The Official Web Site of the State of South Carolina



Most S.C. college graduates see earnings rise five years after graduating

Thu, 10/26/2017

Most S.C. college graduates see earnings rise five years after graduating

Nearly 65 percent of college graduates from S.C. colleges and universities are employed in the state one year after graduation and 50 percent are employed in the state five years after graduation, according to a new report from the State Workforce Development Board, S.C. Department of Employment and Workforce (DEW) and the Commission on Higher Education (CHE).

This study, “In-State Employment Outcomes for South Carolina Post-Secondary Graduates,” not only determined the percentage of students found working in the state one and five years post-graduation, it also looked at their annual, median earnings one and five years post-graduation; and their industry of employment one and five years post-graduation.

The rising cost of post-secondary education and the increasing levels of debt taken on by students and families in South Carolina has generated an increased interest in determining employment outcomes of recent college graduates and led to the study.

“This report is a great opportunity to begin providing more transparency for students, parents, and policy makers as they make decisions regarding investments into higher education and the potential returns to those investments,” said Erica Von Nessen, Ph.D., DEW’s research economist.

“Increasingly, students and families are focusing on marketability (i.e. ability to get a job) when choosing a major. This report provides valuable information to students as they choose their field of study. This report will also assist colleges and universities in ensuring their academic course offerings are aligned with the economic needs of the state,” Interim CHE President and Executive Director Jeff Schilz said.

“The study provides students and job-seekers real data on how employment in the high-growth sectors leads to family sustaining wages, often requiring only a two year degree or less,” said Michelle Paczynski, DEW’s assistant executive director of Workforce, Innovation, Strategies and Programs.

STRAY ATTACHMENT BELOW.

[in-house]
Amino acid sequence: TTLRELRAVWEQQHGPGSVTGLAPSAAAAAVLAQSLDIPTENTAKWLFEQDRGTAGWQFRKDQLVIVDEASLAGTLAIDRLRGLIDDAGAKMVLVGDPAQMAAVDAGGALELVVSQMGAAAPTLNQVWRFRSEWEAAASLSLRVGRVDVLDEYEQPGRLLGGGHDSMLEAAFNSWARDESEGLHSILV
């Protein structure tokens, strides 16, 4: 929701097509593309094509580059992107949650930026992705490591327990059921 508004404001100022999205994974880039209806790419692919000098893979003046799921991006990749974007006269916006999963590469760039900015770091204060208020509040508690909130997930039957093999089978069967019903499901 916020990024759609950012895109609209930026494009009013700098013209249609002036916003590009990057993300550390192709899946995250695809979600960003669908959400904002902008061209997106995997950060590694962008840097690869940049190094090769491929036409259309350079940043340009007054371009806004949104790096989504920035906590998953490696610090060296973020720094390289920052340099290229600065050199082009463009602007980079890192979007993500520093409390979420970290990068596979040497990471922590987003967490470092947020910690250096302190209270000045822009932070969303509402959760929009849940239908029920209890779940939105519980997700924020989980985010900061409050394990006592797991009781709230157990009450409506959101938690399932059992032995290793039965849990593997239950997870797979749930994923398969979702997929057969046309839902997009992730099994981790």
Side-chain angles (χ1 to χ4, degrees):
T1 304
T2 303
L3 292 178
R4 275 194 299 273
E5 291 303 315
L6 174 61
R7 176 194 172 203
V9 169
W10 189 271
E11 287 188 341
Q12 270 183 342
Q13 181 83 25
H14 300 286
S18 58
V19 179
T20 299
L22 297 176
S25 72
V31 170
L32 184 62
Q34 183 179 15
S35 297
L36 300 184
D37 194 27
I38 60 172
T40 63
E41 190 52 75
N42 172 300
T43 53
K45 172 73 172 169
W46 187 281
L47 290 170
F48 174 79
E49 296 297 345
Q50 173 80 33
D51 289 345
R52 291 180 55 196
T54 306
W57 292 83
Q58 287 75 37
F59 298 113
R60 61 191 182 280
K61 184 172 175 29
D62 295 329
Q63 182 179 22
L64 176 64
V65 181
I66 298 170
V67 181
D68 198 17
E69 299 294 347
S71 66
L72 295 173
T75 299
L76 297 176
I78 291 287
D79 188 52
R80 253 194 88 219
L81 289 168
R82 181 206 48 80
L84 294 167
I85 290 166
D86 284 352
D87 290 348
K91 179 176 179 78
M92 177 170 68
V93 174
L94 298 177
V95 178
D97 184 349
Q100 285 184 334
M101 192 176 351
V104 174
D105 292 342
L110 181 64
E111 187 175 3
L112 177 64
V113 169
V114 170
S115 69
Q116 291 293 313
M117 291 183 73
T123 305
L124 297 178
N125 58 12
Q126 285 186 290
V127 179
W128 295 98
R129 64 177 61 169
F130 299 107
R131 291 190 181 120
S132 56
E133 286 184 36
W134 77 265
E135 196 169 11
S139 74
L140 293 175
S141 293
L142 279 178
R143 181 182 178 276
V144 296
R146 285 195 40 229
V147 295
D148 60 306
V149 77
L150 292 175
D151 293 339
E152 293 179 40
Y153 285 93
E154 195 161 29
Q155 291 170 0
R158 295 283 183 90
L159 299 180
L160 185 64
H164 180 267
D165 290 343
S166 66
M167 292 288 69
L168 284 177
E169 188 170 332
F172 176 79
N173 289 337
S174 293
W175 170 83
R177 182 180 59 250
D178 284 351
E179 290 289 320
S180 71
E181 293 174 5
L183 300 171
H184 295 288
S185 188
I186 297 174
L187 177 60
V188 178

The report shows that the median annual earnings tend to increase dramatically (6.3 percent per year) for individuals between their first and fifth year post-graduation across all degree levels.

Graduates in Science, Technology, Engineering and Mathematics, or STEM, fields had the fastest median annual wage growth (9.6 percent) one to five years post-graduation followed by Trades (8.2 percent) and Business and Communication (8.1 percent).

Education majors were the most likely discipline to be found in the S.C. wage records five years post-graduation, but they experienced the lowest level of wage growth at 2.6 percent per year.

Although more advanced degrees are typically associated with higher median earnings, individuals completing an associate’s degree or less have opportunities to earn family sustaining wages in high demand fields such as truck and bus driving; machine tool technology; and industrial electronics technology.

While graduates of South Carolina’s colleges and universities in FY2009-10 are employed in every industrial sector in the state, there is a higher concentration among college graduates in sectors such as health care and social assistance (27.5 percent), education (17.7 percent) and professional, scientific, and technical services (7.5 percent) one year post-graduation.

To read the full report, click here. 

About DEW

The S.C. Department of Employment and Workforce (DEW) is putting South Carolinians to work. The agency invests in building a pipeline of quality workers, matches workers with jobs, and is a bridge for individuals who find themselves out of work for no fault of their own. This promotes financial stability and economic prosperity for employers, individuals and communities. DEW is dedicated to advancing South Carolina through services that meet the needs of the state’s businesses, jobseekers and those looking to advance their careers.